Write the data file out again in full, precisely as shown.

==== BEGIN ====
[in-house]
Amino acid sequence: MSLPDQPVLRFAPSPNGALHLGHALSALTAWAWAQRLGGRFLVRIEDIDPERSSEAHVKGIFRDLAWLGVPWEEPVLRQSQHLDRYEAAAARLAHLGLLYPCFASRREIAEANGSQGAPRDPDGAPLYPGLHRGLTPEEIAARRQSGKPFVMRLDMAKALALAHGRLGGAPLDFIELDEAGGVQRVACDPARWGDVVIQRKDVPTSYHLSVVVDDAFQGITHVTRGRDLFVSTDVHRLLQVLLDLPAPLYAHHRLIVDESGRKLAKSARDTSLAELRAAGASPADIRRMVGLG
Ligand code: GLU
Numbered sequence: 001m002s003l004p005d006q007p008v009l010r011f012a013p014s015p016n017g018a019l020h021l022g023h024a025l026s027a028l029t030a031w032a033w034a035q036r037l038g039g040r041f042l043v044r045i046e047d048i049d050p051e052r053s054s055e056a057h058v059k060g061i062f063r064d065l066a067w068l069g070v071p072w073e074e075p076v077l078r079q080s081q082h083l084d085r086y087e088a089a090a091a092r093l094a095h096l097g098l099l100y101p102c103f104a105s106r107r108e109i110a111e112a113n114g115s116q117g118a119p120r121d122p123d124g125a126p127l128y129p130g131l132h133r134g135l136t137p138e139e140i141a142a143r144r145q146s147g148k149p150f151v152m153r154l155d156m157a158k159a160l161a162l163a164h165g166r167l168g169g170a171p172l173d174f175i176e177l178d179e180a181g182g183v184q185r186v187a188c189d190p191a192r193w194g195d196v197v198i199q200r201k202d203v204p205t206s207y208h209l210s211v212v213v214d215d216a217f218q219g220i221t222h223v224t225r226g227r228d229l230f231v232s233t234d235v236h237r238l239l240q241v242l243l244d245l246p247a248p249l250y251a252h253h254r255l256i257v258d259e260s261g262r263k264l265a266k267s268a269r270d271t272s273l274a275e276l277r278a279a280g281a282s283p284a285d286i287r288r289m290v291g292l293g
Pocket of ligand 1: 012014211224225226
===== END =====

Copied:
[in-house]
Amino acid sequence: MSLPDQPVLRFAPSPNGALHLGHALSALTAWAWAQRLGGRFLVRIEDIDPERSSEAHVKGIFRDLAWLGVPWEEPVLRQSQHLDRYEAAAARLAHLGLLYPCFASRREIAEANGSQGAPRDPDGAPLYPGLHRGLTPEEIAARRQSGKPFVMRLDMAKALALAHGRLGGAPLDFIELDEAGGVQRVACDPARWGDVVIQRKDVPTSYHLSVVVDDAFQGITHVTRGRDLFVSTDVHRLLQVLLDLPAPLYAHHRLIVDESGRKLAKSARDTSLAELRAAGASPADIRRMVGLG
Ligand code: GLU
Numbered sequence: 001m002s003l004p005d006q007p008v009l010r011f012a013p014s015p016n017g018a019l020h021l022g023h024a025l026s027a028l029t030a031w032a033w034a035q036r037l038g039g040r041f042l043v044r045i046e047d048i049d050p051e052r053s054s055e056a057h058v059k060g061i062f063r064d065l066a067w068l069g070v071p072w073e074e075p076v077l078r079q080s081q082h083l084d085r086y087e088a089a090a091a092r093l094a095h096l097g098l099l100y101p102c103f104a105s106r107r108e109i110a111e112a113n114g115s116q117g118a119p120r121d122p123d124g125a126p127l128y129p130g131l132h133r134g135l136t137p138e139e140i141a142a143r144r145q146s147g148k149p150f151v152m153r154l155d156m157a158k159a160l161a162l163a164h165g166r167l168g169g170a171p172l173d174f175i176e177l178d179e180a181g182g183v184q185r186v187a188c189d190p191a192r193w194g195d196v197v198i199q200r201k202d203v204p205t206s207y208h209l210s211v212v213v214d215d216a217f218q219g220i221t222h223v224t225r226g227r228d229l230f231v232s233t234d235v236h237r238l239l240q241v242l243l244d245l246p247a248p249l250y251a252h253h254r255l256i257v258d259e260s261g262r263k264l265a266k267s268a269r270d271t272s273l274a275e276l277r278a279a280g281a282s283p284a285d286i287r288r289m290v291g292l293g
Pocket of ligand 1: 012014211224225226